Never fck with a hippopotamus. They’re aggressive, have sharp teeth, and stomp more than 500 people a year in Africa, making them the world’s largest land mammal killer. More importantly, though, you should never fck with your hippocampus — the part of your brain responsible for forming new memories and learning. When you make bad decisions like drinking a Four Loko, or watching an entire season of Tiger King in one sitting, it can damage the hippocampus. Lion’s mane is here to help.
Lion’s mane contains two special compounds that can stimulate the growth of brain cells called hericenones and erinacines. A study in older folks with cognitive impairment found that consuming 3 grams of powdered lion’s mane mushroom daily for four months significantly improved mental function, but these benefits disappeared when supplementation stopped. When older mice with Alzheimer's were given lion’s mane extracts it sped up nerve recovery in the hippocampus by as much as 41 percent. In one study, high doses of lion’s mane extract given to rats immediately after a stroke helped decrease inflammation and reduce the size of stroke-related brain injury by 44 percent.
Incorporating lion’s mane into your diet is just one of many samurai moves that can lead to a healthy brain. It’s also important to get lots of sleep, generously give compliments, and crush daily kettlebell swings while shouting, “I am the hammer of Thor!”
Not only does lion’s mane improve memory function, it also helps prevent stomach ulcers. As fun as it sounds to have painful sores burning through your stomach lining, we recommend you pass on that life experience and try white water rafting instead. Ulcers are often caused by two major factors: overgrowth of a bacteria called H. pylori and long-term use of anti-inflammatory drugs like aspirin. Lion’s mane extract may protect against the development of stomach ulcers by reducing inflammatory cytokines and inhibiting the growth of H. pylori.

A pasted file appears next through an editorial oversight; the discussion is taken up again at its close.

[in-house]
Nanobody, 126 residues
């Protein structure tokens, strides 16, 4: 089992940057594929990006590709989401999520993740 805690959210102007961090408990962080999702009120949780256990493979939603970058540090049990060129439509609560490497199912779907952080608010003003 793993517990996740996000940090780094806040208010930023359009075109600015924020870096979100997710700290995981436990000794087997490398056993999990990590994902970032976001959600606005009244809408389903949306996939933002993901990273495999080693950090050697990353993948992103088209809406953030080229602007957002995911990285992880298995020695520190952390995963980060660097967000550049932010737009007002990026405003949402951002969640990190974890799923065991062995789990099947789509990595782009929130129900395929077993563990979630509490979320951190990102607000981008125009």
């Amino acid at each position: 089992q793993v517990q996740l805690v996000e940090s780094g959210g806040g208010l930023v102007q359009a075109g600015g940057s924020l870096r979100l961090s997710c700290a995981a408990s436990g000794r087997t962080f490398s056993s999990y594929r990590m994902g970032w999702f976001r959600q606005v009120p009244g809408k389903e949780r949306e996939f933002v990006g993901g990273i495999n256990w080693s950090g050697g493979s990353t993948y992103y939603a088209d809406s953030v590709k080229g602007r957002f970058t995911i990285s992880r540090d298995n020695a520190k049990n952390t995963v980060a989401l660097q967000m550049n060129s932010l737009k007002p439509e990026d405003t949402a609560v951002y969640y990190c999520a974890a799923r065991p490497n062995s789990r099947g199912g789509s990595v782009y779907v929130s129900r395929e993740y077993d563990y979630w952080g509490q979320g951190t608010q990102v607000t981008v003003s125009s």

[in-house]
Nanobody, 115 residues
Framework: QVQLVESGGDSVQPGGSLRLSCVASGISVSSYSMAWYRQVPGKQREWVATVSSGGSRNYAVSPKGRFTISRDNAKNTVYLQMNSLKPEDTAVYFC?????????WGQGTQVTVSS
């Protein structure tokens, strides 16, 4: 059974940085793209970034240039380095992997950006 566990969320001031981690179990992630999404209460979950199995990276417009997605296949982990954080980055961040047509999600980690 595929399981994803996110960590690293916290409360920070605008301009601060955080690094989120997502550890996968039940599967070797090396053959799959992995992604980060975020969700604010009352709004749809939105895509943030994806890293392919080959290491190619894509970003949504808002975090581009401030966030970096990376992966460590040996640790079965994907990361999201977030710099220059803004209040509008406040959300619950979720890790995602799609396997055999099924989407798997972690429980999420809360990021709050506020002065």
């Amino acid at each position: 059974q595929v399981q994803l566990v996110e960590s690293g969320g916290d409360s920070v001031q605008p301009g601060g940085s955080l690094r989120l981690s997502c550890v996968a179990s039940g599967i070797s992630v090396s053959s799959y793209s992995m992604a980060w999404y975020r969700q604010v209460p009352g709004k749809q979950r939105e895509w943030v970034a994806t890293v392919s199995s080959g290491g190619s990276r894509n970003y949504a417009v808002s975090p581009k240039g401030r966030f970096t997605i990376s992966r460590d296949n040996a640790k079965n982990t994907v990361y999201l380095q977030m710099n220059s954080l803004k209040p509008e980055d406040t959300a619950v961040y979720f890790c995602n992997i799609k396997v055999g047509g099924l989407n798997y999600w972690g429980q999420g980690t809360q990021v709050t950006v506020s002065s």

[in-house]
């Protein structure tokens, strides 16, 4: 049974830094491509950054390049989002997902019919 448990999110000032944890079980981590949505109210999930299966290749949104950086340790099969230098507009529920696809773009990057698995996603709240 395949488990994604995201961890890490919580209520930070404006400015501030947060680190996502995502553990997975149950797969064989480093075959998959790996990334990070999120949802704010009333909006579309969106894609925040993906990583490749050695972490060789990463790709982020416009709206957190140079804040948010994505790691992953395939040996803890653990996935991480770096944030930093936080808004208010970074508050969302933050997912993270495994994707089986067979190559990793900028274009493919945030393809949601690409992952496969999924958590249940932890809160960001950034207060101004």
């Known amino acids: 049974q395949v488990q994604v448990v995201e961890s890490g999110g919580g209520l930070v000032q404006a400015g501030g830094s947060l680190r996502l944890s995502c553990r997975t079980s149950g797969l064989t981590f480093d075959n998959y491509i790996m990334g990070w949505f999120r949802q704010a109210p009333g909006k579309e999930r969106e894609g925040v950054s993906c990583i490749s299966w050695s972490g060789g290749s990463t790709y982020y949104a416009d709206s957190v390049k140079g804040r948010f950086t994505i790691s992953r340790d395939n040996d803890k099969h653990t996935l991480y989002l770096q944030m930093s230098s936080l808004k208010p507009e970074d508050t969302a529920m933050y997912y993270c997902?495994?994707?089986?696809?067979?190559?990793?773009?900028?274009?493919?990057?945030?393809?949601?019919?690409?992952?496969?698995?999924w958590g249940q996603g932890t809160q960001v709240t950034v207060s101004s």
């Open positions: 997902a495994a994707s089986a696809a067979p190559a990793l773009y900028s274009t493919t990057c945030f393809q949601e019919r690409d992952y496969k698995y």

Lion’s mane grows on dead and dying hardwood through North America. It is a white shaggy mushroom that looks like a mass of brain neurons, which lumps it in with a growing number of foods that are anatomically shaped like the part of the body that they support. Walnuts contain high amounts of omega-3 fatty acids, which help support brain function. Celery contains silicon, which is part of the molecular structure that gives bones their strength. Grapefruits are high in limonoids, which inhibit the development of breast cancer. Cucumbers … you get the idea.
Mycologist, Paul Stamets once said, “mycelium is the neurological network of nature.” Next time you’re walking through the forest, bring a thermos of Mud\Wtr. As you stand beneath the canopy of trees that stretch their branches towards the sky and roots deep below your feet, remove your shoes and dig your toes into the dirt. Take a deep breath and imagine the root systems beneath you, connected by a mycelial network that is transferring nutrients from one tree to another. Then, sip your brew and picture lion’s mane working to connect neurons in your own brain, like the roots below you.